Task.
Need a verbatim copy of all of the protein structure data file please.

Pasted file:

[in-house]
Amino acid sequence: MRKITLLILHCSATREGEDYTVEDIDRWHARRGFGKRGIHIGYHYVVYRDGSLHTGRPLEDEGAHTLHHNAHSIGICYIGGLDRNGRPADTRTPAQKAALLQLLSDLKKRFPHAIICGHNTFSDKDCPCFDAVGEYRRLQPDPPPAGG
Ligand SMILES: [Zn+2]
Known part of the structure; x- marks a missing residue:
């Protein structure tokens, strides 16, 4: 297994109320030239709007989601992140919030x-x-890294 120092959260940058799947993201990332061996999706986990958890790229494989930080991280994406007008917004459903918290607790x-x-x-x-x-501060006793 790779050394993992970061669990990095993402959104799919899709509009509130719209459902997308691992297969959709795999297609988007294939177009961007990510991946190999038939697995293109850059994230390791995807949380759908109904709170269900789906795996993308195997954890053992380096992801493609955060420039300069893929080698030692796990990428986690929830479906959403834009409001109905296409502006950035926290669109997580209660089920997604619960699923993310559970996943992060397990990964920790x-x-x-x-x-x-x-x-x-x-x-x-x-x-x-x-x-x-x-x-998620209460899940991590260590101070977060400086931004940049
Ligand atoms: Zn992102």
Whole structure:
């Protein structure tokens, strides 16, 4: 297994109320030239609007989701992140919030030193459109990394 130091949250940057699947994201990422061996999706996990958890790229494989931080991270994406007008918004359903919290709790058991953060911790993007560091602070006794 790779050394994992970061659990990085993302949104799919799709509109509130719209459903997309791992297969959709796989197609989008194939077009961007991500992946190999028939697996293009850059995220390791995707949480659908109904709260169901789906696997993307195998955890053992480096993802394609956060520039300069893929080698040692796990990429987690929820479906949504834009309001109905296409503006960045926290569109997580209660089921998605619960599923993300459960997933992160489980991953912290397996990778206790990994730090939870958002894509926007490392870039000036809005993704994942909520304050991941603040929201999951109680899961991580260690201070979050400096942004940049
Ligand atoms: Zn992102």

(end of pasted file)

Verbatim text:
[in-house]
Amino acid sequence: MRKITLLILHCSATREGEDYTVEDIDRWHARRGFGKRGIHIGYHYVVYRDGSLHTGRPLEDEGAHTLHHNAHSIGICYIGGLDRNGRPADTRTPAQKAALLQLLSDLKKRFPHAIICGHNTFSDKDCPCFDAVGEYRRLQPDPPPAGG
Ligand SMILES: [Zn+2]
Known part of the structure; x- marks a missing residue:
């Protein structure tokens, strides 16, 4: 297994109320030239709007989601992140919030x-x-890294 120092959260940058799947993201990332061996999706986990958890790229494989930080991280994406007008917004459903918290607790x-x-x-x-x-501060006793 790779050394993992970061669990990095993402959104799919899709509009509130719209459902997308691992297969959709795999297609988007294939177009961007990510991946190999038939697995293109850059994230390791995807949380759908109904709170269900789906795996993308195997954890053992380096992801493609955060420039300069893929080698030692796990990428986690929830479906959403834009409001109905296409502006950035926290669109997580209660089920997604619960699923993310559970996943992060397990990964920790x-x-x-x-x-x-x-x-x-x-x-x-x-x-x-x-x-x-x-x-998620209460899940991590260590101070977060400086931004940049
Ligand atoms: Zn992102």
Whole structure:
């Protein structure tokens, strides 16, 4: 297994109320030239609007989701992140919030030193459109990394 130091949250940057699947994201990422061996999706996990958890790229494989931080991270994406007008918004359903919290709790058991953060911790993007560091602070006794 790779050394994992970061659990990085993302949104799919799709509109509130719209459903997309791992297969959709796989197609989008194939077009961007991500992946190999028939697996293009850059995220390791995707949480659908109904709260169901789906696997993307195998955890053992480096993802394609956060520039300069893929080698040692796990990429987690929820479906949504834009309001109905296409503006960045926290569109997580209660089921998605619960599923993300459960997933992160489980991953912290397996990778206790990994730090939870958002894509926007490392870039000036809005993704994942909520304050991941603040929201999951109680899961991580260690201070979050400096942004940049
Ligand atoms: Zn992102």